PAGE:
after a while one wants to breathe. All in all, this took
    maybe an hour and half, and there was plenty of time for
    another ice-cream parlor visit or (for me) a lie-down on
    the steps by the fountain.

    Our final visit was to the huge wine celler, the Staatliche
    Hofkeller underneath the castle, with its impressive tuns
    holding upwards of 600 gallons each. This was also designed
    by Balthasar Neumann, who had been the architect of the
    castle itself. Bunches of the usual propaganda about the
    wonderful terroir and the history and expertise behind every
    glass of elixir, that kind of thing. At the conclusion of
    this, our reward was a taster glass of a young Riesling,
    fresh and fruity, typical in style but with a more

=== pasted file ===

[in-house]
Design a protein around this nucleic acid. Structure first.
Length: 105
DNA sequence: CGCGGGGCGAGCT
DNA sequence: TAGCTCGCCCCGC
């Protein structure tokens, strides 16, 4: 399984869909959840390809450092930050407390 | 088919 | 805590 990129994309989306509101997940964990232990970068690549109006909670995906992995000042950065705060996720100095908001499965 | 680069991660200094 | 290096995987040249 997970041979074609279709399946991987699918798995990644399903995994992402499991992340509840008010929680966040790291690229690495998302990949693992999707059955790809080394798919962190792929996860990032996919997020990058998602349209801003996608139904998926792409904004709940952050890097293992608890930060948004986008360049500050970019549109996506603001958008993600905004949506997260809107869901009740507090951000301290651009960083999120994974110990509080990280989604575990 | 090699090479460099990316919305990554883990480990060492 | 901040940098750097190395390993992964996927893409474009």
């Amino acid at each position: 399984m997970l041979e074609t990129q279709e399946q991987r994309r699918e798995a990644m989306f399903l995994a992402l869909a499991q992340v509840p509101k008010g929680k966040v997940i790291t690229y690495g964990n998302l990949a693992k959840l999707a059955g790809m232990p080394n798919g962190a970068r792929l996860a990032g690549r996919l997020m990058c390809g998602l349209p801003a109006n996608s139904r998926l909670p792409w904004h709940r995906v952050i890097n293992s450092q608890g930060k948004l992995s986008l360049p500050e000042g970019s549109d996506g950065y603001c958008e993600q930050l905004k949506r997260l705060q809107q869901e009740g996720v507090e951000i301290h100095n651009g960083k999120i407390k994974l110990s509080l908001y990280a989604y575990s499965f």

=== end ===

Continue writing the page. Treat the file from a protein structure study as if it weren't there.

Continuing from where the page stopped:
pronounced peachy apricotty aroma than usual.

    We had been an obedient little group, so our day concluded
    a bit early; some of us decided to make good use of our
    remaining hour and so had a drink at the Weinstube near the
    train station belonging to this selfsame Juliusspital, where
    I ordered a bottle of Domina 14 for the renegade red wine
    tipplers. At a tad over $5 a glass, not too bad. I'm not
    certain what the white people had - there were so many
    choices by the glass, with even more interesting options in
    bottle. I do remember someone giving me a taste of a
    somewhat delicious Black Riesling, which looked and felt
    like a red wine but tasted more like a white - an uneasy
    combination. Turns out this isn't a Riesling at all but
    another name for the Pinot Meunier.
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  14. violist
    Original Member